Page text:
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Liadov - 3 Mazurkas Op.3

Discussion in 'Submission Room' started by techneut, Feb 24, 2013.

  1. techneut

    techneut Active Member Piano Society Artist

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    Damn winter shows no signs of letting up yet... I'm itching to go and do jobs in the garden, shed, and around the house but it is just too bloody cold and it's been snowing yet again :roll: So I had to stay indoors today and do some recording. These 3 mazurkas from the 6 pieces Op.3 were composed on 1877. The first one is a re-recording (replacing one of the old recordings I deleted last year).

    Liadov - Op. 3 - Six Morceaux - 4: Mazurka in G major (2:44)
    Liadov - Op. 3 - Six Morceaux - 5: Mazurka in B Major (2:33)
    Liadov - Op. 3 - Six Morceaux - 6: Mazurka in C major (1:32)
     
  2. StuKautsch

    StuKautsch Member Piano Society Artist

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    New recordings! So things are looking up and this is a great sign of the end of our winter here at Piano Society (not at all to demean Monica who has continued to record).
    The G Major is very good and was certainly worth the effort to re-record. Sounds very mazurka-y. Sounds very Chopin-y, too. The next is also good, not quite as Chopin derivative.
    I think the rendition of #6 is not as "rumbustious" as it could be. (Sorry - I could not resist the temptation to use that word, which appears in the description of Liadov's Piano Pieces and which I'd never seen before today. But I'm not saying this just to use the word.)
    Very nice addition to our site.
    BTW: His dates are 1855-1914 (according to Wikipedia). Is it a lot of trouble to put that in his bio? You know, "Anatoly Liadov (1855-1914) was a ".
     
  3. luissarro

    luissarro New Member

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    hi, Chris!

    these are nice performances, with a very firm rhythm, expected from Mazurkas.
    I'd say you're more comfortable with the style of these pieces rather than the other preludes.
     
  4. techneut

    techneut Active Member Piano Society Artist

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    Thanks for the comments Stu.
    Yeah, a wonderful word and it nicely describes many of Liadov's mazurkas. No.6 feel I feel as more wistful and elegant, so less rumbustiousnes here (or should that be 'rumbust' ? ).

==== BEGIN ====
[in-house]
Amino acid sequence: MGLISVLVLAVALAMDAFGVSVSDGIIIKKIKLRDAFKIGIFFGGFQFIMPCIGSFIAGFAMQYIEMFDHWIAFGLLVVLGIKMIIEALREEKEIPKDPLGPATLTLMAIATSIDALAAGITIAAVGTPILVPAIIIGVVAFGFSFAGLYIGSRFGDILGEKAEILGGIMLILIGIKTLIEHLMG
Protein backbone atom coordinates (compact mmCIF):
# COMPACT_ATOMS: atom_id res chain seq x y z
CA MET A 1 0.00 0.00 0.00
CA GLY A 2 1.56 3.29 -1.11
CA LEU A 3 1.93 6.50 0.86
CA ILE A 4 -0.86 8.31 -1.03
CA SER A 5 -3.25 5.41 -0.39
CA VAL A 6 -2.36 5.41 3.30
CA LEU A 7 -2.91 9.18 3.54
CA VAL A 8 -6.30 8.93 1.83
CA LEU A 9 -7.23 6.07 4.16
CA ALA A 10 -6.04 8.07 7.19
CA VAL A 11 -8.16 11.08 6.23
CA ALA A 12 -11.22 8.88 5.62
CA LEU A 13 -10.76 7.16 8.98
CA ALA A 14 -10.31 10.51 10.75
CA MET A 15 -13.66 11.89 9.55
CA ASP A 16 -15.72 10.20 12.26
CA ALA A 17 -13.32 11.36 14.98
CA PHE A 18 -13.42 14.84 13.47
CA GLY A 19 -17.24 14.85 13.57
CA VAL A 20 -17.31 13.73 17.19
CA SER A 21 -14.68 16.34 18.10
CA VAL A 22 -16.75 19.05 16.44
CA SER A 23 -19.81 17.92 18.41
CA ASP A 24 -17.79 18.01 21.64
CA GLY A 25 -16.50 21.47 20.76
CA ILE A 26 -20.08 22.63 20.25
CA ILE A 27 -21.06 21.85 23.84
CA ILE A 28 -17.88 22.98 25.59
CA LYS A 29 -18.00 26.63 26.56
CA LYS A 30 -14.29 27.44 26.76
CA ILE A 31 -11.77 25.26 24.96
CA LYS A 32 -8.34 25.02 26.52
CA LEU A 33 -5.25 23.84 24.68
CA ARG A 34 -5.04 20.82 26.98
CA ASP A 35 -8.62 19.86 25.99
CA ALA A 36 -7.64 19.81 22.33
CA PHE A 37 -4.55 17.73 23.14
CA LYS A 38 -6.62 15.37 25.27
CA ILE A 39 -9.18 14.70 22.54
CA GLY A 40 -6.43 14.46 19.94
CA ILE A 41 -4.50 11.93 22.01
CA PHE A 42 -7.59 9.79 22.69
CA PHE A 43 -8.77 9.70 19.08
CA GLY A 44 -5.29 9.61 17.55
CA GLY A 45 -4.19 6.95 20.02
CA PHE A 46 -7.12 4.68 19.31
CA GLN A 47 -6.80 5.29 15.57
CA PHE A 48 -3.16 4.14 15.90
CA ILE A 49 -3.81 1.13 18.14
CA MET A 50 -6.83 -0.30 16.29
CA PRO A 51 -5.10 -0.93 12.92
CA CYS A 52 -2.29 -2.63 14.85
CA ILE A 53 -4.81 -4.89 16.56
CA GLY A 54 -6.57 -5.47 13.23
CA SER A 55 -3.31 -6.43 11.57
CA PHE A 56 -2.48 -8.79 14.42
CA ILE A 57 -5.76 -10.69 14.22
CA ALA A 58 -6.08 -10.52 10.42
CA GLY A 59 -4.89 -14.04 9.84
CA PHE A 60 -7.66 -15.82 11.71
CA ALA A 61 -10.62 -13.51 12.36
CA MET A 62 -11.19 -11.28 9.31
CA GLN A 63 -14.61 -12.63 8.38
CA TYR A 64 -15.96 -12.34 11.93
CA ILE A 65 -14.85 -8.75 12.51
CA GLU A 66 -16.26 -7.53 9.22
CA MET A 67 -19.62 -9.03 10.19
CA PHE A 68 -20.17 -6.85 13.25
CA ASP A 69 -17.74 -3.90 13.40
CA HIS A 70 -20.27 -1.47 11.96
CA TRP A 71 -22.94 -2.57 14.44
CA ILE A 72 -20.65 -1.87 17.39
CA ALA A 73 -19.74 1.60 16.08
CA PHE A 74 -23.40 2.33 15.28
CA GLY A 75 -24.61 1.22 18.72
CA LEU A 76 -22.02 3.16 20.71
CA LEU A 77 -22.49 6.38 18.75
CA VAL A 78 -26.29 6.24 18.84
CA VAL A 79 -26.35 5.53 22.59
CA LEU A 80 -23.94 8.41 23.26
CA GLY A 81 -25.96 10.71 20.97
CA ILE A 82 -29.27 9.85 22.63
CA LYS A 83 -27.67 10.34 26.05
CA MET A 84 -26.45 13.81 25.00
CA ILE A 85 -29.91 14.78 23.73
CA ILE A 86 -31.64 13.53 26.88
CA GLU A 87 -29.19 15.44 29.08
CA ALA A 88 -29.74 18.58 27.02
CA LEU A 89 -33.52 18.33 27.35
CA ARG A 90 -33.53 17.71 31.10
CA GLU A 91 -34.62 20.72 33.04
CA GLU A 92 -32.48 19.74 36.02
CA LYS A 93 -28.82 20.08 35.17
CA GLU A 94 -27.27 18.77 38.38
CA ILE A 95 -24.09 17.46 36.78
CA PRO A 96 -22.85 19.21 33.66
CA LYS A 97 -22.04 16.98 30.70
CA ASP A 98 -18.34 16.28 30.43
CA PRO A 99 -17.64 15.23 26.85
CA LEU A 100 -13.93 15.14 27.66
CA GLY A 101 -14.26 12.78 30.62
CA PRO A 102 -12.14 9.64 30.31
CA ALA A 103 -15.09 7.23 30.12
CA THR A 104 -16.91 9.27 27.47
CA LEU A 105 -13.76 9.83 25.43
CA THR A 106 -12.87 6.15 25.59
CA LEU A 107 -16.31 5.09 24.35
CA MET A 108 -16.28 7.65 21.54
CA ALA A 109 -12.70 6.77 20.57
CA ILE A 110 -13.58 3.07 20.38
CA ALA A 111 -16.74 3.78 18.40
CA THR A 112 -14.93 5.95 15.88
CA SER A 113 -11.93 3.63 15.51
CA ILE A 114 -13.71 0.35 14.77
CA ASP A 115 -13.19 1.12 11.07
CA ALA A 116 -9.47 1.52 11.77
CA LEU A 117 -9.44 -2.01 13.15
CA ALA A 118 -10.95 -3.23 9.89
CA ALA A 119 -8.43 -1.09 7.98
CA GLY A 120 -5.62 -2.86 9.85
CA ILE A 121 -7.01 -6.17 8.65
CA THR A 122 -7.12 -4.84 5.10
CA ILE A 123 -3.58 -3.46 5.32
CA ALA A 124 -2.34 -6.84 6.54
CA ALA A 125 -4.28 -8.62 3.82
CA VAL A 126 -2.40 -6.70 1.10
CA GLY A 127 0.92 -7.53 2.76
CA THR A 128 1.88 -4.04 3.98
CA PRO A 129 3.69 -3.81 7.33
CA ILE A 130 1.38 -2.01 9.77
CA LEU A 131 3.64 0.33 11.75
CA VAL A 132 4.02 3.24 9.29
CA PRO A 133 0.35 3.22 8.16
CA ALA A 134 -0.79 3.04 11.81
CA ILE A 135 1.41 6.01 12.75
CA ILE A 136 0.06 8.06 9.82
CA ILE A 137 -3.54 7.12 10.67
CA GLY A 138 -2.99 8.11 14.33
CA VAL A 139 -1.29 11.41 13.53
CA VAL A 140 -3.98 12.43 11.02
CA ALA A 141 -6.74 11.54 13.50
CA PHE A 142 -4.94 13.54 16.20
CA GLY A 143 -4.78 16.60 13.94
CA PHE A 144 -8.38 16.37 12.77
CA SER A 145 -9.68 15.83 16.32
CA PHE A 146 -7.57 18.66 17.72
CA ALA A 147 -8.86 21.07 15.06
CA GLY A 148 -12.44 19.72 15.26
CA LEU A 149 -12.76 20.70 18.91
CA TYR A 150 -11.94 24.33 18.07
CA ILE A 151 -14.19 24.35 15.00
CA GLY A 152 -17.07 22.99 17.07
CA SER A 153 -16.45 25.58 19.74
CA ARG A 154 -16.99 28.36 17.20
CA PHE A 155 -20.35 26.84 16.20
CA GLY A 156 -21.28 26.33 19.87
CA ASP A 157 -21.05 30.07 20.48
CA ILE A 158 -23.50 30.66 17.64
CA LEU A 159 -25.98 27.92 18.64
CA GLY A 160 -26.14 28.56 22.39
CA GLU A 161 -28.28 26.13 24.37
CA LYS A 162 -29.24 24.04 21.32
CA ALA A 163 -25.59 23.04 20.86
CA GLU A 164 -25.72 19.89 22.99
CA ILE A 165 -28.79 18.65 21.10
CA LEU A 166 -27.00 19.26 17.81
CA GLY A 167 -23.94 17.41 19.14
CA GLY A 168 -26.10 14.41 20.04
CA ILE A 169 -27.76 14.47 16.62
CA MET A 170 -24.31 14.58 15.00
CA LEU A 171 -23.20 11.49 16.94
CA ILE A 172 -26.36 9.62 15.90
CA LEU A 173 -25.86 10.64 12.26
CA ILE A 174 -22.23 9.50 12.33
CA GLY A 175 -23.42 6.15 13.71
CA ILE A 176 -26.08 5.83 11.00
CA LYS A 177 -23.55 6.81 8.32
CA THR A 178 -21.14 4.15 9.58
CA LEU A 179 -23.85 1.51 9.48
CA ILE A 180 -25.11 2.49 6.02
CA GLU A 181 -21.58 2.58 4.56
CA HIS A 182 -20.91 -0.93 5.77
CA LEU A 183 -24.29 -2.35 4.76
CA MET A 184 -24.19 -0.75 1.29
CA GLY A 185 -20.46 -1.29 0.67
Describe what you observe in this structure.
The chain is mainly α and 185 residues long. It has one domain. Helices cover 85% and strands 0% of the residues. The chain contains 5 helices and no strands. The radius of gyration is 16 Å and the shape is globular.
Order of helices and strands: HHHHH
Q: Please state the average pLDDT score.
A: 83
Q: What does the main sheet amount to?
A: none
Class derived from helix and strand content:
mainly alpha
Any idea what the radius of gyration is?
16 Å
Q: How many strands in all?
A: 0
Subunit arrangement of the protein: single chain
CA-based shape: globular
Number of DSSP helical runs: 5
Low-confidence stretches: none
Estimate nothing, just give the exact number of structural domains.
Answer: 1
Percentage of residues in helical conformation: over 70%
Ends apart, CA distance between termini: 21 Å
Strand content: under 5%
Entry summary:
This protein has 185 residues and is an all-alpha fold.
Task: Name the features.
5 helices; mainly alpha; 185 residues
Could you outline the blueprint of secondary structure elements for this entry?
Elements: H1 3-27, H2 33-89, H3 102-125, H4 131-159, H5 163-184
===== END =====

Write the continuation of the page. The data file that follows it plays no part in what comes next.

Good point ! No idea why I did not add the date when creating the page. It's done.
     
  5. techneut

    techneut Active Member Piano Society Artist

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    I definitely have a thing with rumbustious and rhythmical pieces. But I feel just as much for the preludes. Those are more difficult though, especially musically.
     
  6. troglodyte

    troglodyte Member Piano Society Artist

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    Yes, winter. Where I am we have been covered with snow and ice for months. I kind of like it except that it makes bicycling treacherous and the piano gets out of tune. Anyway, this evening I was a bit gloomy but was considerably cheered up by these Mazurkas. Especially the first two convey genuine joy. It is impossible not to feel good after listening, Great job! The middle part of the G major sounds a bit like Grieg trying to imitate Chopin. I never heard these before so cannot comment on details. Thanks for cheering me up!
     
  7. techneut

    techneut Active Member Piano Society Artist

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    Always good to cheer someone up :) These are good fun indeed.
    I can imagine a real winter in the north has its charms. Here it is just dark, dreary, cold, windy, and slushy when the snow is slowly melting, causing the usual leaking in my music room (this is scheduled to be repaired in some weeks, I hope they do a good job).
     
  8. pianoman342

    pianoman342 Member Piano Society Artist

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    Hi Chris,

    Had a listen to your recordings of these three Mazurkas. I have to say I didn't have high expectations for the pieces since Stu said this was not as superior to the Liadov Op. 46, but there is considerable jovialness in these performances, as has already been said. It's a nice change from the soulful but melancholy Op. 57, no.3 :) Nice job.
     

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